Monday, September 26, 2011

Don't ask

I am breaking my own rule against writing about the weather because we have been suffering vilely from the worst climate feature of the American south: humidity. It's not hot, exactly, but the air is as damp as a rugby player's crotch, and smells about the same. My house is acutely uncomfortable. Everything is damp. The dust mop sticks on the wood floors, the windows are so swollen the sashes are stuck in the frames, the living room smells like dogs and shoes and is as airless as the hold of a ship. There hasn't been a breeze, even a whisper of fresh air for days and days. Outside, the trees are dripping, sodden grape vines are smothering the garden, the grass is too damp to mow, and it hides piles of moldering dog shit along with ceaselessly singing crickets. A fetid miasma hangs over the entire city and my hair has become a nest of steel wool. I want to move to a clean, cold place, where it isn't a daily chore to hack back the vegetation that seems determined to crush all structures into the ground, where it is possible to carry on a conversation without having to raise your voice over the sound of cicadas, where your view is not obstructed by a wall of greenery everywhere you look. A tundra would be a refreshing change.

In Rome, there aren't many trees, or much vegetation of any kind except in specifically defined parks. I got used to that real fast--didn't miss trees at all-- and my first morning back Virginia, was a little flummoxed by all the green stuff I saw out the window when I woke up. Charlottesville has the feel of a place that has only recently been hacked out of the primeval forest. And on the earth's timeline, 250-ish years is no time at al.

In other news, my college student son Ian called me the other night to tell me there was a bat in his house. What was I supposed to do about that when we live 400 miles apart? What any normal mother would do: start shrieking about rabies shots and going to the emergency room and calling animal control and telling them to come right away, that there was a bat in the house and it was an EMERGENCY. Where was the bat, I wanted to know. The bat was in the kitchen. Well where were Ian and his roommates? They were all hiding in their bedrooms. I stirred them to action and next thing you know, the poor bat had an unfortunate encounter with the business end of a street sign. I continued my harangue about contact with the bat--had the bat touched him or brushed against him in ANY way? Had ANYONE BEEN SLEEPING IN THE PRESENCE OF THE BAT? Naturally, Ian thought I was overreacting, and he reminded me that even if he did need a rabies vaccine (which he didn't) it was OK to wait a week before getting one. Most of you do not know Ian personally, but believe me, it is absolutely typical of him to know something about the correct post-rabies exposure procedure (he seems to know something about everything) AND to want to put it off until the last minute.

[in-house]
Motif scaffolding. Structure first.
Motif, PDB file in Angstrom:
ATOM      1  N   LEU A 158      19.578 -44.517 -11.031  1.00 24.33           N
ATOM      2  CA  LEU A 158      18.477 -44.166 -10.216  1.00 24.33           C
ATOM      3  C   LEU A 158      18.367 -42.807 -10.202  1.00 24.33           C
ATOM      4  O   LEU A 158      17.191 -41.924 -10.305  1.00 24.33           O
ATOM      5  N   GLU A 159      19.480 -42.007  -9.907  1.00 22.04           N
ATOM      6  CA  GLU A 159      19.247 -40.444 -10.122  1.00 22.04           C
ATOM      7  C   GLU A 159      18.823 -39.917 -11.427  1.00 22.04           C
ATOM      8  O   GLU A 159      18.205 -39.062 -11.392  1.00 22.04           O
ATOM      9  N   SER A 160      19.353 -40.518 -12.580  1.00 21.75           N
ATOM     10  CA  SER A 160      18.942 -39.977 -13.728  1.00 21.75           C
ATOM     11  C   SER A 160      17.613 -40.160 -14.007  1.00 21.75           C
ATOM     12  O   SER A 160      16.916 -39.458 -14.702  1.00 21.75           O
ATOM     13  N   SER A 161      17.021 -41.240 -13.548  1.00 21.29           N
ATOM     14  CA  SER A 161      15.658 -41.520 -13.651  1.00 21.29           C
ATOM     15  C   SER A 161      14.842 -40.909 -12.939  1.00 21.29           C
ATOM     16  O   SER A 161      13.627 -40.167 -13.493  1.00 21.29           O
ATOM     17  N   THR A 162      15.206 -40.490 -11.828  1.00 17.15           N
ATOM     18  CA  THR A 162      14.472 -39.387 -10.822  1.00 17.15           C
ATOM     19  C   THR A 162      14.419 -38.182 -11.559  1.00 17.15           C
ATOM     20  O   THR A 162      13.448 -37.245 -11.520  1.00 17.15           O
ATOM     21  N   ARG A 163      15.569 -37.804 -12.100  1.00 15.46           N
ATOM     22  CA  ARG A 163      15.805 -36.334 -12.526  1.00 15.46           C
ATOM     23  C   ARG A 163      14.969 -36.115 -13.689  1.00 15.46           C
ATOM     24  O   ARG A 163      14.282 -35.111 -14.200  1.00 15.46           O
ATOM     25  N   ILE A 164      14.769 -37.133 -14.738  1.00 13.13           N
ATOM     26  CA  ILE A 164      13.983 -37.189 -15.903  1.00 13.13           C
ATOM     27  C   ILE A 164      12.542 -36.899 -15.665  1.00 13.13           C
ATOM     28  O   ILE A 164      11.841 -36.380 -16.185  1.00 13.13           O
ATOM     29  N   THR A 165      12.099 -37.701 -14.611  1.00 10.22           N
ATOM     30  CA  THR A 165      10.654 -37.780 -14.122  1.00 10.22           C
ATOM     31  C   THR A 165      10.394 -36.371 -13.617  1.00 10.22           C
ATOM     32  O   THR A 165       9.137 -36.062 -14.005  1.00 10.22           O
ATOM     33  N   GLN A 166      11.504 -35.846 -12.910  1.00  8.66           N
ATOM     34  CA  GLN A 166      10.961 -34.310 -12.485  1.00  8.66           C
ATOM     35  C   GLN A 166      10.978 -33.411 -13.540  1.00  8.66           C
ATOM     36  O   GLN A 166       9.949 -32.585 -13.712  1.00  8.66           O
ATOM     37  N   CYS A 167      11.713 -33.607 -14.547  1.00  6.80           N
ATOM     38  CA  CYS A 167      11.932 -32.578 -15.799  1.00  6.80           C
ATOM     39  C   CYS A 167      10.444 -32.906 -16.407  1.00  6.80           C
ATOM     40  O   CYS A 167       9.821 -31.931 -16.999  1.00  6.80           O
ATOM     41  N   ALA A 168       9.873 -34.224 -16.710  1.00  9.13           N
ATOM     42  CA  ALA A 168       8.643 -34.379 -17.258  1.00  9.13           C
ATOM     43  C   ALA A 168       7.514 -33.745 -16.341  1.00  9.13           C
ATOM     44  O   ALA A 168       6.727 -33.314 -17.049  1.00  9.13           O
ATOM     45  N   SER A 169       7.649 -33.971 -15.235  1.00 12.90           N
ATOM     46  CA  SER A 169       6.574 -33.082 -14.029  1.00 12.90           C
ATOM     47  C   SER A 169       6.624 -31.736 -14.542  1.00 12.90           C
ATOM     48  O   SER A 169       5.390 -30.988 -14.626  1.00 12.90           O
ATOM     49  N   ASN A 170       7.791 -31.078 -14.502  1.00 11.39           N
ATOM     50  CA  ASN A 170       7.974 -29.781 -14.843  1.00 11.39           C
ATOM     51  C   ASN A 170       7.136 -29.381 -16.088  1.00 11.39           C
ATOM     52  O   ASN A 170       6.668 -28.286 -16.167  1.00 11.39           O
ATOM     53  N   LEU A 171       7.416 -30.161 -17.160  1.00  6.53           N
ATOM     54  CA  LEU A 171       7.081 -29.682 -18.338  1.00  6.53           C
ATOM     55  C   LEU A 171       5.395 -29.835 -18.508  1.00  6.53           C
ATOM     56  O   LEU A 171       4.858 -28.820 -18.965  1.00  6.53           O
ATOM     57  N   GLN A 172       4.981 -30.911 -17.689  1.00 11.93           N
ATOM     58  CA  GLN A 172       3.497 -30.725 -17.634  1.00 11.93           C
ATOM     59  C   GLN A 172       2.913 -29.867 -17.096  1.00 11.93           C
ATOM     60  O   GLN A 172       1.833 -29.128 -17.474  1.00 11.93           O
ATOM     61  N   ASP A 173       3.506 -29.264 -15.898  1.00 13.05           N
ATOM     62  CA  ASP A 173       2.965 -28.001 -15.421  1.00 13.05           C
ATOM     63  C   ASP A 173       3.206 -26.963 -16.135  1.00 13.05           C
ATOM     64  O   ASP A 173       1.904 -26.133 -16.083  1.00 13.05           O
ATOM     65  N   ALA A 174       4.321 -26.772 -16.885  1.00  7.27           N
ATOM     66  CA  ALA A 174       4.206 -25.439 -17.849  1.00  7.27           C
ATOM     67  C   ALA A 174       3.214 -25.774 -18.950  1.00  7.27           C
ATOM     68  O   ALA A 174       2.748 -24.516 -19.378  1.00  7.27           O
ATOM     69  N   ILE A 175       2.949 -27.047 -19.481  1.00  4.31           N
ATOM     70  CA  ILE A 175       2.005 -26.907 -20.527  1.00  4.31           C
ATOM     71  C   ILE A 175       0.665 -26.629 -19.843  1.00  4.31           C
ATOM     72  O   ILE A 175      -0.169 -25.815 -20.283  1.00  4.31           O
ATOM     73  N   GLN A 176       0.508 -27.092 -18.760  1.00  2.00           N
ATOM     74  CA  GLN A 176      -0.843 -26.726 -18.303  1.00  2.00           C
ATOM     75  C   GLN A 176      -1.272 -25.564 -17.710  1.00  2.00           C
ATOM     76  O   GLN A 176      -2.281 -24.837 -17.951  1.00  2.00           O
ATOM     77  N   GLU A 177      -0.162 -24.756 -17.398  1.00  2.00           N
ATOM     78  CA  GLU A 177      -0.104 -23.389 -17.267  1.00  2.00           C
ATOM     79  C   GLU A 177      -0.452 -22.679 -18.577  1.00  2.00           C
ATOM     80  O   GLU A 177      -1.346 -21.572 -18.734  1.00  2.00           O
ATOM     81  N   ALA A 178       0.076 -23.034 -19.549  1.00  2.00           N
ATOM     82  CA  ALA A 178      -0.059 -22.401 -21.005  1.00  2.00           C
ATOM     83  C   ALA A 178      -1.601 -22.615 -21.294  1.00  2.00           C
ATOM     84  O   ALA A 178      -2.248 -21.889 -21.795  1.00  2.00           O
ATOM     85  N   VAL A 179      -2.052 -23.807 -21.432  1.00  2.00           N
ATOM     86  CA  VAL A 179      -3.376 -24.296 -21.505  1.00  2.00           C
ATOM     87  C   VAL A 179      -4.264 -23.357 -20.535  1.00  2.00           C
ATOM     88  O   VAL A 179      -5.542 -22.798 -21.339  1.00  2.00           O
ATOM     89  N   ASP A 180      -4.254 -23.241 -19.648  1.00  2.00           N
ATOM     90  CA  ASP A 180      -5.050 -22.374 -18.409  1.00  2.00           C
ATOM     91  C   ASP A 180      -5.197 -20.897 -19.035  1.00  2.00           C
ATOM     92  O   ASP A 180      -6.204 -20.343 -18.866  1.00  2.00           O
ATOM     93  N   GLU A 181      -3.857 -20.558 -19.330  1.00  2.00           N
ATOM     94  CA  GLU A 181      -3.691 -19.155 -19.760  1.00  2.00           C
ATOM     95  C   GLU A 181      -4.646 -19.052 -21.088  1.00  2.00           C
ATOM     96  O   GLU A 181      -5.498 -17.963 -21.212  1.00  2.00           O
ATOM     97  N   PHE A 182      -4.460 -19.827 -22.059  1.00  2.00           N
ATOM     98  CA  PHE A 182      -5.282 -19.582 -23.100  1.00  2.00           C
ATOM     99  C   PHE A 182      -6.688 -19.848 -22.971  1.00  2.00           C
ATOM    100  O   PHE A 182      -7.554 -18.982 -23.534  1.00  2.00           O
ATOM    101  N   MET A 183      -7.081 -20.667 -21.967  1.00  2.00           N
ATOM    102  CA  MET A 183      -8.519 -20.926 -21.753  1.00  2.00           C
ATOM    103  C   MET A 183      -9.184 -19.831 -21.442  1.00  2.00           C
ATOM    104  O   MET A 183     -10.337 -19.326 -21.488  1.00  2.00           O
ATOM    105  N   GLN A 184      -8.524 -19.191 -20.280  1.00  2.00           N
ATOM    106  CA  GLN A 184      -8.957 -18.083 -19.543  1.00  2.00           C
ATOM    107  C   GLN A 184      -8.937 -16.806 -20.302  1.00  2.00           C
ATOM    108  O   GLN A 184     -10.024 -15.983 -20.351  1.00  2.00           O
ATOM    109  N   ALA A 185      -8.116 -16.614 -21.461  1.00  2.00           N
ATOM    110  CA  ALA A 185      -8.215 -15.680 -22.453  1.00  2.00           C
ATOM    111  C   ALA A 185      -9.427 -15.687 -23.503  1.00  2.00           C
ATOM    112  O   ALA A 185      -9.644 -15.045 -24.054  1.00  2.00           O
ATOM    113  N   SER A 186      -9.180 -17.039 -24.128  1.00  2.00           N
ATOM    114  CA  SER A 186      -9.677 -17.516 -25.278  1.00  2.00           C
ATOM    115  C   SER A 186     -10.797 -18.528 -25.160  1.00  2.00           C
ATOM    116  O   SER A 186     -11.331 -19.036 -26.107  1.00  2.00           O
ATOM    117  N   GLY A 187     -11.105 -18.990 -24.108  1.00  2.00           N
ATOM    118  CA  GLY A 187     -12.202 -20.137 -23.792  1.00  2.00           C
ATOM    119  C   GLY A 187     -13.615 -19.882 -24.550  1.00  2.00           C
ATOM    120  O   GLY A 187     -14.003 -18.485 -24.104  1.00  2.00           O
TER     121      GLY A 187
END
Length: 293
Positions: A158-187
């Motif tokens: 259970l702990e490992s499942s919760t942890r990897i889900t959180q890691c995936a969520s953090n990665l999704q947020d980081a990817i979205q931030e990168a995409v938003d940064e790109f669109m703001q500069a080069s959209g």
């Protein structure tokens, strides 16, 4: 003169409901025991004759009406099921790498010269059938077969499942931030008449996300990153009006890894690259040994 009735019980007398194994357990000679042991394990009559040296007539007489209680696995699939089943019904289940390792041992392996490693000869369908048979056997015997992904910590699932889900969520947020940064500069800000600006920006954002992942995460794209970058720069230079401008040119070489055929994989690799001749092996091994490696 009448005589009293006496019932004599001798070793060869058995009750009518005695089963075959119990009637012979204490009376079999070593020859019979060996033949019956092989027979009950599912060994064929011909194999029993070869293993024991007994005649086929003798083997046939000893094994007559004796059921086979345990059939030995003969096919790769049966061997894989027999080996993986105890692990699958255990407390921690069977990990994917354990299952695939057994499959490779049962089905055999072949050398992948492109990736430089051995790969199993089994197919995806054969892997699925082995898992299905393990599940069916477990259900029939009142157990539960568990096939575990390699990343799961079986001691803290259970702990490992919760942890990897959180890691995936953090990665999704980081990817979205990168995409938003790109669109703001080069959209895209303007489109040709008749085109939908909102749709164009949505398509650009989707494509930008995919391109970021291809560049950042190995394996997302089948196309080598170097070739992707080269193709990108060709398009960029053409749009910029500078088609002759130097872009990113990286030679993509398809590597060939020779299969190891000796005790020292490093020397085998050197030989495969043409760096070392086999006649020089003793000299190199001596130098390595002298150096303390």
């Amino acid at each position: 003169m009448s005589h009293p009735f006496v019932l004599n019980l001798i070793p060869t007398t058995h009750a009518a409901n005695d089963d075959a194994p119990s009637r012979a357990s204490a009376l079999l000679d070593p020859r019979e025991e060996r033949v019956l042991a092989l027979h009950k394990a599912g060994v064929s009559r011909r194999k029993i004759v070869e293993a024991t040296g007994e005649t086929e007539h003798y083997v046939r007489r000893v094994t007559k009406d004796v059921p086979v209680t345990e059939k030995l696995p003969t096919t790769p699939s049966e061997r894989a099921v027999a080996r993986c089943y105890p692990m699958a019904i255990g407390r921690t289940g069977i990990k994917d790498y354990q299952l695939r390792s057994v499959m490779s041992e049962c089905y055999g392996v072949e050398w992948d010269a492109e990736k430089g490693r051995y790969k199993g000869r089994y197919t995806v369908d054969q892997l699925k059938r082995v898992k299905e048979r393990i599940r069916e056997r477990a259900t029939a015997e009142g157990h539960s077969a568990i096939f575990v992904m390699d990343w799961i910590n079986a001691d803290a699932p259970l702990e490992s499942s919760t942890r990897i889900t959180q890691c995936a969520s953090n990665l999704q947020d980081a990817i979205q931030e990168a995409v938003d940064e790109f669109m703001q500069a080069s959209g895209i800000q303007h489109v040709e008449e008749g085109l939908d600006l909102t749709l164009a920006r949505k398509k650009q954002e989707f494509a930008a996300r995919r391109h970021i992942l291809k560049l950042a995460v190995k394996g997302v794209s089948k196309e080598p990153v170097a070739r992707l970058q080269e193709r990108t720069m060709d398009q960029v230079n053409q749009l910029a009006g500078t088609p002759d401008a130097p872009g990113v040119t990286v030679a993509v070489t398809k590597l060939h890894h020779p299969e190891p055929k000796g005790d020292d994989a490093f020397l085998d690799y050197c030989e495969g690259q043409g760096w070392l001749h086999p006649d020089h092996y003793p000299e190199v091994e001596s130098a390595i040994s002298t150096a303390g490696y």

Yesterday, I was using the long, skinny wand on my vacuum cleaner to suck the spilled cheerios out from under my refrigerator, when the vacuum began to make that noise it does when it has latched onto something too big to fit in the wand. I withdrew it from under the fridge, and what did I see, attached to the end of my vacuum's wand? A tampon.


  1. I'd heard that the South suffered from some horribly hot weather, but I wasn't really aware of the soaring humidity. Ugh.
    I can take hot weather, and Singapore was lovely, but when I went to Bangkok, it wasn't much hotter, but the humidity enveloped me like a bath of hot rancid oil.
    Our NZ climate, at least where I live in the southern part of the North Island, is really pretty good. Our winters are not too cold, with average temperatures about 8 - 10°C (50°F) and long hot summers, about 25 - 28°C(82°F).

    I find your description of the all-enveloping greenery a bit creepy and slightly claustrophobic.

    Poor wee bat. Couldn't they have just co-existed?

  2. I'm so glad you posted this! Our house has also smelled this terrible dog/shoe smell and I thought we just had the worst house ever. Blech. This September humidity is ridiculous.

  3. The bat story reminds me of the 3 weeks two summers ago that I spent living in an embarrassingly ridiculous mansion in Guatemala. We shared the place with a resident bat, which never freaked me out to be honest. I was much more concerned with the ant infestation and the scorpions (and much more enthralled that I was living in a place with avocado, papaya and banana trees in the gardens). In any case, the last sentence of this post is awesome and your description of the overgrowth of nature in our neighborhood is oh so accurate.

  4. I am so glad you wrote about the weather. I think it's a fine topic and you should do it more often because you do it so well.

  5. The whole town smells like a boy's locker room. It's disgusting.

    You are absolutely right about the bat. They are no trifling matter.

  6. Why aren't all the tampons in your kitchen absorbing the humidity?

  7. A tampon?

    Poor bat--if you can get them to the ground, they're totally harmless. They used to get caught in my classroom all the time when I was a teacher. I'd wait for it to flutter to the ground, then scoop it into a trash barrel and leave it on a high window sill.

  8. Ooops, I forgot to mention the tampon.

    Tampons in the tool drawers.
    Tampons under the fridge

    Where next?